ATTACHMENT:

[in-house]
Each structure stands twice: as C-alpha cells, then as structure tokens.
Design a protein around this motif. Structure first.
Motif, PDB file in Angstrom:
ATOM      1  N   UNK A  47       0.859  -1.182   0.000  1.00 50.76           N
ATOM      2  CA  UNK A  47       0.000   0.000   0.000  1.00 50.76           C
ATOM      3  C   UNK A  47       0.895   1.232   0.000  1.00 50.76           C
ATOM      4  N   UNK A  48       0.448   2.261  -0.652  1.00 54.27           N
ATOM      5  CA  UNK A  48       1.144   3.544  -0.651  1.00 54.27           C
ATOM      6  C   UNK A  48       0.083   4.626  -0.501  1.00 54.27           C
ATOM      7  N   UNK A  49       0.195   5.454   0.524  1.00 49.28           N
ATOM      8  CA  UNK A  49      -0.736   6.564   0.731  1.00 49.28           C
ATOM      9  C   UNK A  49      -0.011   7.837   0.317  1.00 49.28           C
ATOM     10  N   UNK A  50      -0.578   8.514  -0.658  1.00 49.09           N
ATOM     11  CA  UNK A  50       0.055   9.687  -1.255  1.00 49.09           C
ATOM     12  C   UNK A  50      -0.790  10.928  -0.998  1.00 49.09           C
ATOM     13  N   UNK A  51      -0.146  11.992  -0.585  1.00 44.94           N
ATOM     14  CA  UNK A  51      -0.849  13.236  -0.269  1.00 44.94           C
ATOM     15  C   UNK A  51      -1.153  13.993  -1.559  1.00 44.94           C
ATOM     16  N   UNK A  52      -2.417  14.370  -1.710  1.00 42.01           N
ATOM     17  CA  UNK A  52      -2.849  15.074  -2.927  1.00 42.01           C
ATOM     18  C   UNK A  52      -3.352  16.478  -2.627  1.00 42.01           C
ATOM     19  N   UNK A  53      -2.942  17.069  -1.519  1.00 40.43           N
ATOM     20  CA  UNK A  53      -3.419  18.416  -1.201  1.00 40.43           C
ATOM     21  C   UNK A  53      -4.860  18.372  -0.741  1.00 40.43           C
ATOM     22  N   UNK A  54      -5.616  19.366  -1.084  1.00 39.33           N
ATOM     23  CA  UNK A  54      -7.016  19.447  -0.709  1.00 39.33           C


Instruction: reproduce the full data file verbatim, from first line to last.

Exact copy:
[in-house]
Each structure stands twice: as C-alpha cells, then as structure tokens.
Design a protein around this motif. Structure first.
Motif, PDB file in Angstrom:
ATOM      1  N   UNK A  47       0.859  -1.182   0.000  1.00 50.76           N
ATOM      2  CA  UNK A  47       0.000   0.000   0.000  1.00 50.76           C
ATOM      3  C   UNK A  47       0.895   1.232   0.000  1.00 50.76           C
ATOM      4  N   UNK A  48       0.448   2.261  -0.652  1.00 54.27           N
ATOM      5  CA  UNK A  48       1.144   3.544  -0.651  1.00 54.27           C
ATOM      6  C   UNK A  48       0.083   4.626  -0.501  1.00 54.27           C
ATOM      7  N   UNK A  49       0.195   5.454   0.524  1.00 49.28           N
ATOM      8  CA  UNK A  49      -0.736   6.564   0.731  1.00 49.28           C
ATOM      9  C   UNK A  49      -0.011   7.837   0.317  1.00 49.28           C
ATOM     10  N   UNK A  50      -0.578   8.514  -0.658  1.00 49.09           N
ATOM     11  CA  UNK A  50       0.055   9.687  -1.255  1.00 49.09           C
ATOM     12  C   UNK A  50      -0.790  10.928  -0.998  1.00 49.09           C
ATOM     13  N   UNK A  51      -0.146  11.992  -0.585  1.00 44.94           N
ATOM     14  CA  UNK A  51      -0.849  13.236  -0.269  1.00 44.94           C
ATOM     15  C   UNK A  51      -1.153  13.993  -1.559  1.00 44.94           C
ATOM     16  N   UNK A  52      -2.417  14.370  -1.710  1.00 42.01           N
ATOM     17  CA  UNK A  52      -2.849  15.074  -2.927  1.00 42.01           C
ATOM     18  C   UNK A  52      -3.352  16.478  -2.627  1.00 42.01           C
ATOM     19  N   UNK A  53      -2.942  17.069  -1.519  1.00 40.43           N
ATOM     20  CA  UNK A  53      -3.419  18.416  -1.201  1.00 40.43           C
ATOM     21  C   UNK A  53      -4.860  18.372  -0.741  1.00 40.43           C
ATOM     22  N   UNK A  54      -5.616  19.366  -1.084  1.00 39.33           N
ATOM     23  CA  UNK A  54      -7.016  19.447  -0.709  1.00 39.33           C